“She’s very, very stubborn,” Gavin said.

He said that attitude and reassurance from doctors enabled him to stay strong for his mother and gave him hope she’d get well.


Back to school

Within a week she was nearly back to 100 percent and felt sure she was ready to return to school and her students, so she called McPeak.

The principal was surprised, since she knew of Rusk’s latest trip to the hospital just weeks before, but it was a welcome call, she said.

“She has a great big heart and she connects with her kids, but also connects to the families,” McPeak said. “When she was gone, they were always asking ‘Where is Ms. Mary?’ She has always been a giver and there to support them in any way she can.

“Whether they are struggling and come in with no skills, or whether they are advanced, she meets their needs academically, but socially and emotionally as well,” she said.

“I didn’t realize how much I loved a routine and being in my classroom every day,” Rusk said. “But I love teaching 5-year-olds how to read. I love seeing the children’s eyes light up when they discover they can read. It gives me goose bumps.”

“She’s been at Clark her entire career,” McPeak said. “Clark has had a lot of different things happen to it over the years — it faced closure last year, changes in program and in enrollment. But she believes in this school. It is part of her and she is part of us.”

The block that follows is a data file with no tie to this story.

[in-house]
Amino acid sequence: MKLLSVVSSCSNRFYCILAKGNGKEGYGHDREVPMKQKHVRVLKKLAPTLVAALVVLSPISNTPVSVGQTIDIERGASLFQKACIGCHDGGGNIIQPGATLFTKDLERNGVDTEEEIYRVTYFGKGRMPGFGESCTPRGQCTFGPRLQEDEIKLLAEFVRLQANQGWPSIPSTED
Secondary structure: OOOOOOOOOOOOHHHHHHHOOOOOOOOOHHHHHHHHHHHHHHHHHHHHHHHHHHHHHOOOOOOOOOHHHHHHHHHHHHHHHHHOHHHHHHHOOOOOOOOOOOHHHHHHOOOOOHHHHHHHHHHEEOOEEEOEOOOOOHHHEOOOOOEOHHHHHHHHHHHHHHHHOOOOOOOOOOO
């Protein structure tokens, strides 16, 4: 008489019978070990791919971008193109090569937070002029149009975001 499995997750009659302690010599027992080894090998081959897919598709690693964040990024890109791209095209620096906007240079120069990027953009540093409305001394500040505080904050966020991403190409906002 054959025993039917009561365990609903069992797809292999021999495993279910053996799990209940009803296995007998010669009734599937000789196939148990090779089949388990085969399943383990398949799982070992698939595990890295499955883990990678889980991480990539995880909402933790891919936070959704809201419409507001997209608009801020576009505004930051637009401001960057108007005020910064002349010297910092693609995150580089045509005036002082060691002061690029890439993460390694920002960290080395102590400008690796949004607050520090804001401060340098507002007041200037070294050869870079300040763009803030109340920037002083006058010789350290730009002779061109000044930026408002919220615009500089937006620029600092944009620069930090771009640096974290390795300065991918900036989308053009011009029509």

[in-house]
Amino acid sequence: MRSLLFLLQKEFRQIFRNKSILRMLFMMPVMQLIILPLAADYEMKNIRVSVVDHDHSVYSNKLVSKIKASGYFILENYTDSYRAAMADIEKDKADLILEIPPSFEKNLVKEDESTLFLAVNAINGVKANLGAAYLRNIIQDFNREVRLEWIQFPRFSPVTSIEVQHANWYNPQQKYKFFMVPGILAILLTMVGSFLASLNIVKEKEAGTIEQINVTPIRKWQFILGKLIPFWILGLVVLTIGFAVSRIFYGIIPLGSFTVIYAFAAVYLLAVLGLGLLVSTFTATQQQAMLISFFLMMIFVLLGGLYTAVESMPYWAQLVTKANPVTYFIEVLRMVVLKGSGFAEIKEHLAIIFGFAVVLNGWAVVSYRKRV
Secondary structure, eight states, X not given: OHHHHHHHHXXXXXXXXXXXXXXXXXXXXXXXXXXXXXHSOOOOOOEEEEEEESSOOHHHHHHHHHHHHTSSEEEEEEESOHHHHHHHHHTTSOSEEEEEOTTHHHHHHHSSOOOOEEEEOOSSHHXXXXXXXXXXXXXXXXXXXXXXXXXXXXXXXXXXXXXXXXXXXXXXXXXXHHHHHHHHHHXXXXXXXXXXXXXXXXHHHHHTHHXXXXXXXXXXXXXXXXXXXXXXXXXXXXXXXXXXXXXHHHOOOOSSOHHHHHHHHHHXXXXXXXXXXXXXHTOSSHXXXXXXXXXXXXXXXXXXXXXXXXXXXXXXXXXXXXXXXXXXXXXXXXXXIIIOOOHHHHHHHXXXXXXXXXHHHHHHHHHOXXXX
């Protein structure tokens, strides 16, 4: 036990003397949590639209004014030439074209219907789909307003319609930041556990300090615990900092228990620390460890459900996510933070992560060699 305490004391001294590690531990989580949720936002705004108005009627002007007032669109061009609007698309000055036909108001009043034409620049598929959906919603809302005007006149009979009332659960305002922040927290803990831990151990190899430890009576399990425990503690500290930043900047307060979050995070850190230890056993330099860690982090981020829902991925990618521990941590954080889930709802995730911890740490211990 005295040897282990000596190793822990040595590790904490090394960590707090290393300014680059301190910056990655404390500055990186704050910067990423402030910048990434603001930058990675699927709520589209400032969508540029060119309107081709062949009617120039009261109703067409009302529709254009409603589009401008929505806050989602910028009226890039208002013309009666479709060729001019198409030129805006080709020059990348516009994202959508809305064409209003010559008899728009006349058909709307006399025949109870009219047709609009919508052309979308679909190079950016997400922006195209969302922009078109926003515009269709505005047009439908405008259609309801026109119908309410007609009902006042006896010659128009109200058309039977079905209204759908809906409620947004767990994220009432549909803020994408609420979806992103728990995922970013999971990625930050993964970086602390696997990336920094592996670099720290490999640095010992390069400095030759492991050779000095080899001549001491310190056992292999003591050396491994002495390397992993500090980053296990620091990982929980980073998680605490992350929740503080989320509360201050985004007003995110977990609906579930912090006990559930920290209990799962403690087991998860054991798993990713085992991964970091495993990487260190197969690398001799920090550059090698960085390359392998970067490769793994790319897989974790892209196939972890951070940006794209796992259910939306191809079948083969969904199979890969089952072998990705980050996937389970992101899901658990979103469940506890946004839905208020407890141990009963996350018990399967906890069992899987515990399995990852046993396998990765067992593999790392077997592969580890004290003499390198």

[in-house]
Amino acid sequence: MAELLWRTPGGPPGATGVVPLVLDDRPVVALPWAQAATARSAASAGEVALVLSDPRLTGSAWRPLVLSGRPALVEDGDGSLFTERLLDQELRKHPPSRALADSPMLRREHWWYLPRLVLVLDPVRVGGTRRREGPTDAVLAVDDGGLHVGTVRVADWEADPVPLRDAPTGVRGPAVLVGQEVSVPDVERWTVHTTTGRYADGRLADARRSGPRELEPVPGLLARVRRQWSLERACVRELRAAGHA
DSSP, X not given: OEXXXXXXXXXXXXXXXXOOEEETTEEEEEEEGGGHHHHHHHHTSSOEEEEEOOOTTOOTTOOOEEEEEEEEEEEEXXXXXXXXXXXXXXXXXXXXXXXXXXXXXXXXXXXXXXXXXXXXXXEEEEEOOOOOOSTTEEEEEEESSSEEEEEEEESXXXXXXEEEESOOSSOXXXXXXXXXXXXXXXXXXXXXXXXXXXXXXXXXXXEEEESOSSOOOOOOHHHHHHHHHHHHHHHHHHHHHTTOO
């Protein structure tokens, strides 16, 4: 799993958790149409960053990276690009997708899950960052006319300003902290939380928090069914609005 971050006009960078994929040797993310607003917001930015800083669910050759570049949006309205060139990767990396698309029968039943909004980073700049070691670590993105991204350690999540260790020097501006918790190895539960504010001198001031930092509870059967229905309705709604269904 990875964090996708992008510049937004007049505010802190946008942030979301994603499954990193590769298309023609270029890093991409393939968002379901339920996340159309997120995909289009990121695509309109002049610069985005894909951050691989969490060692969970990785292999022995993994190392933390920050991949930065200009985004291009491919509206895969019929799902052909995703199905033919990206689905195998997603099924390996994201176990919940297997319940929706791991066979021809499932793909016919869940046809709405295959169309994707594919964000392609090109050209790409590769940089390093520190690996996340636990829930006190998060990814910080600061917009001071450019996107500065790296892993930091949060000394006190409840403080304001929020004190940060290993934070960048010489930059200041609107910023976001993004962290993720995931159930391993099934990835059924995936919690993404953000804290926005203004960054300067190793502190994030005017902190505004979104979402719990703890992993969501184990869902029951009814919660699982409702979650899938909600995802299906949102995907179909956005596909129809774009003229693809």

‘Blessing after blessing’

Her long journey has been made easier by support from the community, her friends, family and school.

“She left in the spring and they didn’t know,” McPeak said.

But she began e-mailing her staff members in August to give them updates on Rusk’s health.

“When she didn’t come back for school, different things just kept bubbling up. One teacher here kind of led the support effort, coordinating food,” McPeak said. “She and Gavin live on a farm with animals to care for, so she coordinated people going out there to help — just lots of things.”

Other friends and family provided meals and care for the home. One woman in upper Preston, who the family didn’t know, offered her guesthouse to Rusk and her two sons after they learned about the mold.

“My support system here has been great,” Rusk said. “They have been a great deal of help with their prayers, their well wishes, everything. That is what has gotten Gavin and I through. I can’t believe it. It’s been blessing after blessing.”

“I was so surprised,” Gavin said. “One of my mom’s friends made dinners for us and that was really cool.”

Family, though, was probably the most important support. Gavin, Bram and Rusk’s mother drove her to appointments and coordinated efforts on the farm.

“When I went into surgery, he ran the business. He ran me to appointments. He took care of our other animals and he took care of me,” Rusk said, smiling. “He did it all while doing an awesome job in school.

“He is one incredible kid. Both he and his brother did an amazing job.”

The support of physicians, nurses, surgeons and specialists at Swedish Emergency Care in Issaquah, Overlake Hospital and Harborview Medical Center, and the therapists at Snoqualmie Valley Hospital, was also amazing, she said.

“All of the people we have had to deal with have been a tremendous help,” she said. “I wouldn’t be here without them.”